The first book to be nominated in two categories at the National Book Critics Circle awards, Claudia Rankine’s Citizen: An American Lyric, took home the poetry honor on Thursday.

    The book was honored with five others in a ceremony in Tishman Auditorium at the New School in New York City.

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    For my subjects a new poem as I accede to the throne, horses to hand and hosepipe at the ready for reasons of health and safety

    Related: John Hegley - King for a Day – audio

    Once I’ve put my royal seal
    On a deal guaranteeing
    The seeing of all public libraries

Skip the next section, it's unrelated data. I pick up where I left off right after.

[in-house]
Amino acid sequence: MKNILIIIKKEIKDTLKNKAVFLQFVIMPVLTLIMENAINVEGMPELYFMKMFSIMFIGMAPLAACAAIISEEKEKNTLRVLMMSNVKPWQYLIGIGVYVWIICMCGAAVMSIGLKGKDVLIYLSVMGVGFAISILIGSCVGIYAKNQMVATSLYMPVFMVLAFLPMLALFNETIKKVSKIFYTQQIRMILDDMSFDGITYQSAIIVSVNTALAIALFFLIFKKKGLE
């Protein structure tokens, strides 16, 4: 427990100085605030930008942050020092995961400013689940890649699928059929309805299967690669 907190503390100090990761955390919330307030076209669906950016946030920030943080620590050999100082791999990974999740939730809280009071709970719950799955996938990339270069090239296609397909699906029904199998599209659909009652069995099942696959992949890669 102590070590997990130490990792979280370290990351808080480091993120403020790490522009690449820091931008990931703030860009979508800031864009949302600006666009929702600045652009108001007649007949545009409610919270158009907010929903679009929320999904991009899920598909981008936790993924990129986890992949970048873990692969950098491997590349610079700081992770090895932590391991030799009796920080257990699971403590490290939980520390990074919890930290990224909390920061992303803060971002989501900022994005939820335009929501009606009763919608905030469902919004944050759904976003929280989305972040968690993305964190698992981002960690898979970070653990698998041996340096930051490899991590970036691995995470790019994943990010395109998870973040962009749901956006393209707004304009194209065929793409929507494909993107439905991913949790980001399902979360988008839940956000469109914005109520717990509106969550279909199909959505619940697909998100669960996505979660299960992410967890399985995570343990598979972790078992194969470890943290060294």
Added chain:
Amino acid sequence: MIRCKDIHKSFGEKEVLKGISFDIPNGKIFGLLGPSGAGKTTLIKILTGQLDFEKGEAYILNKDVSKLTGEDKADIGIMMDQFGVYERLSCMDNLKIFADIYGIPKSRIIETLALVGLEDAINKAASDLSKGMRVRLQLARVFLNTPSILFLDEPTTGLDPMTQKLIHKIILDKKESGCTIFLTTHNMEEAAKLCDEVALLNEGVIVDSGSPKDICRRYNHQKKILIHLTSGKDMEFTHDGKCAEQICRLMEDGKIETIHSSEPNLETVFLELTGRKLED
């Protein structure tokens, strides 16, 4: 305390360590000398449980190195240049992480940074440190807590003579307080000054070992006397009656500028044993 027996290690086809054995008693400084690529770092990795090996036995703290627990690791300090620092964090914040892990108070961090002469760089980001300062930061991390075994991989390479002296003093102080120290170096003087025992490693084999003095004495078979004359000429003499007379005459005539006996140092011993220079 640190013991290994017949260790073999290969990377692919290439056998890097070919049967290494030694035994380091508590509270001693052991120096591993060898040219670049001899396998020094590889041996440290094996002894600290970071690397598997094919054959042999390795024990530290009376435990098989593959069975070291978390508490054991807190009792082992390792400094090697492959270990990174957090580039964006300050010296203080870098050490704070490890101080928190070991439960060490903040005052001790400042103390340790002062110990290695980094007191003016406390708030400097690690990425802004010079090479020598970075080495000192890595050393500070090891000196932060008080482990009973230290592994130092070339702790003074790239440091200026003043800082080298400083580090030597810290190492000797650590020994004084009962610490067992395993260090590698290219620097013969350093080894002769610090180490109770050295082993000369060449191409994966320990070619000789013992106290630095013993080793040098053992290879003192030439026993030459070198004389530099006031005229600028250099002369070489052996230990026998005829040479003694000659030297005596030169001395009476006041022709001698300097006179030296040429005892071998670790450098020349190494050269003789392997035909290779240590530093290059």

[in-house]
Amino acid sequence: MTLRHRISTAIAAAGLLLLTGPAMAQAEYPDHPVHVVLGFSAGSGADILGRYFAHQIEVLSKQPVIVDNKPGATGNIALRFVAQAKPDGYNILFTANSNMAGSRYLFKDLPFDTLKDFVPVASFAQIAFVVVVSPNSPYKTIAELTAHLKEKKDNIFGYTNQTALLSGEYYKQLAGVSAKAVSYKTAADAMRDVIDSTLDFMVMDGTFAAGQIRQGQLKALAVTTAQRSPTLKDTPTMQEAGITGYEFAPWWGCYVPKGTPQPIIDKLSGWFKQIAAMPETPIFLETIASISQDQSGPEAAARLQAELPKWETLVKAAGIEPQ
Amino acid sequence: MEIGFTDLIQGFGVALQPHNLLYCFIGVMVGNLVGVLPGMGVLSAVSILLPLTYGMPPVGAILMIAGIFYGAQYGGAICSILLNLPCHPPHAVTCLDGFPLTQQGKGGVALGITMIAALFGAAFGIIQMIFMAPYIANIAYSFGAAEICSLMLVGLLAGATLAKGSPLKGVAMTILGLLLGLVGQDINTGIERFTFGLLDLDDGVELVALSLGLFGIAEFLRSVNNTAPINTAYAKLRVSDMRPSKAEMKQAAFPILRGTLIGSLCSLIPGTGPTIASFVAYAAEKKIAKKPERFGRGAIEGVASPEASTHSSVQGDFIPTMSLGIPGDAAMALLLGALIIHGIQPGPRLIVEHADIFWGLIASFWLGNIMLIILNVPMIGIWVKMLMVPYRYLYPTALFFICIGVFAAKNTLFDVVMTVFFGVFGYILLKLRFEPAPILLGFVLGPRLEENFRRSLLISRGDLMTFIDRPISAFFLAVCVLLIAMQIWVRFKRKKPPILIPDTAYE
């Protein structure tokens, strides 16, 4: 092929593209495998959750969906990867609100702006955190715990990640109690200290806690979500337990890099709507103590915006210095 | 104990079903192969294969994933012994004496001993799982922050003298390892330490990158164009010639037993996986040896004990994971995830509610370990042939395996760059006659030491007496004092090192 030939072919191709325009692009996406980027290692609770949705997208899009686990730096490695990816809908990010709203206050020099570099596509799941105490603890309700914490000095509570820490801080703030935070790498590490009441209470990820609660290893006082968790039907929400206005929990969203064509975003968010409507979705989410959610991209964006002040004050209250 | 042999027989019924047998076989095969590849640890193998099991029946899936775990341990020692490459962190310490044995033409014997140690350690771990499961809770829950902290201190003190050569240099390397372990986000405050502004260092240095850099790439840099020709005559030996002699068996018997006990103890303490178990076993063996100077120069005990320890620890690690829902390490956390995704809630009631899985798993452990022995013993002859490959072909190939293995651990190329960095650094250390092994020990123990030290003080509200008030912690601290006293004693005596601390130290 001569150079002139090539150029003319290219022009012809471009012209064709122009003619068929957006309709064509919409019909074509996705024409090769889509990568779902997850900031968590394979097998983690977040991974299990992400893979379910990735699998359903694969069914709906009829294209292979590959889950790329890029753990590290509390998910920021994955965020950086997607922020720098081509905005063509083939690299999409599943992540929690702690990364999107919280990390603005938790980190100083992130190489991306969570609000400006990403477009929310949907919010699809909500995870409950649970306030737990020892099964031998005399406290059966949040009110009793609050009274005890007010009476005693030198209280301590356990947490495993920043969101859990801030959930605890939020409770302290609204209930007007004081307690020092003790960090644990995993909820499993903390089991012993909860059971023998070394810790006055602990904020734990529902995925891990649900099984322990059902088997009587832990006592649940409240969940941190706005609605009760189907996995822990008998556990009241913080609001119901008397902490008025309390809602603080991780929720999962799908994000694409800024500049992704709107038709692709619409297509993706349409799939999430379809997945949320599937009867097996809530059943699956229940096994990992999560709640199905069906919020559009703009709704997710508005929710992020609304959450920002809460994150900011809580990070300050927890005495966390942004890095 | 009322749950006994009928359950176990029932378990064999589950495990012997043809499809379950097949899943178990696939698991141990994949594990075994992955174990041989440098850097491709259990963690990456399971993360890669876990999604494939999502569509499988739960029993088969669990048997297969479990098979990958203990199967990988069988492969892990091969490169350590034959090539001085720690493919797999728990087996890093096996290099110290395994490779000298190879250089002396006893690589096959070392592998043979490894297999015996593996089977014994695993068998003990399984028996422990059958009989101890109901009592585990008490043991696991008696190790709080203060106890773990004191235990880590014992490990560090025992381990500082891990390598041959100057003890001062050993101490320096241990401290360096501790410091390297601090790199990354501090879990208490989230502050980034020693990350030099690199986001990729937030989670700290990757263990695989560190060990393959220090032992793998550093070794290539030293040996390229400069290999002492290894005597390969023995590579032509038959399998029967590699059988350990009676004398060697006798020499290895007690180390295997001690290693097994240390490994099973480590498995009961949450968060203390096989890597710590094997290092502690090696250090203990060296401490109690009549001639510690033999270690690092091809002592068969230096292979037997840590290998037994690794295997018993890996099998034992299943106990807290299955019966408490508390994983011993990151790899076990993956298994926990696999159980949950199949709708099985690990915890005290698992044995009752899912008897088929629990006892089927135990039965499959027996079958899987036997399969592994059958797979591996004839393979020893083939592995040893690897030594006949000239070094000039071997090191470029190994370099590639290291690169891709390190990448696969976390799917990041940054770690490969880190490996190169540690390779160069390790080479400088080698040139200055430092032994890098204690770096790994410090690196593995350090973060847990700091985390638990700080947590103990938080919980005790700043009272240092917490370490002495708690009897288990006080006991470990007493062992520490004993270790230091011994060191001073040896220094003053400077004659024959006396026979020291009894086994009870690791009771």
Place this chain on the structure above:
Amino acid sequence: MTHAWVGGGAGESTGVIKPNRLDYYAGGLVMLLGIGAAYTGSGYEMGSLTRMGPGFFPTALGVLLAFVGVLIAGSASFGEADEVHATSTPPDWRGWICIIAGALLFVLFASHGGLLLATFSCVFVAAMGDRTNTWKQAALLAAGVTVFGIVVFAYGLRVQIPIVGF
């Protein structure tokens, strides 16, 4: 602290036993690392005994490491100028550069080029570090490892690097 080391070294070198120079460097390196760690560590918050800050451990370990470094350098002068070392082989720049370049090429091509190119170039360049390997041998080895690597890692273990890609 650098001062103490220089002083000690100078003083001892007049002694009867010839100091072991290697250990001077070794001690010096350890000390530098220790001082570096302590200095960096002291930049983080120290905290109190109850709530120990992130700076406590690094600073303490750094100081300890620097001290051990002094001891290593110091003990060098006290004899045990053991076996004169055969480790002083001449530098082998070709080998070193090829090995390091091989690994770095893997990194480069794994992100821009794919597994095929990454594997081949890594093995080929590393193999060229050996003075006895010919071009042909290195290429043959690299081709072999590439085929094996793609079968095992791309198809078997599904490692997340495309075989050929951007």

Maintained in perpetuity
    I’ll have the horses of my cavalry
    Create a bit of revelry
    Today, the beasts, we’ll ask them to trot
    Into some of the school playgrounds
    Where there are certain of the children
    Unsure whether horses have teeth
    Or not

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  • 03/14/15--04:00: The Saturday poem: The Swap
  • by Maurice Riordan

    for Hugo

    Someone snuck over the back fence
    last night and pinched my ladder.
    Then I found a bronze BMX
    leaning outside the front door.

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    The ex-Dr Feelgood guitarist and songwriter on medieval architecture, the poetry of William Blake, Addenbrooke’s Hospital and the power of the blues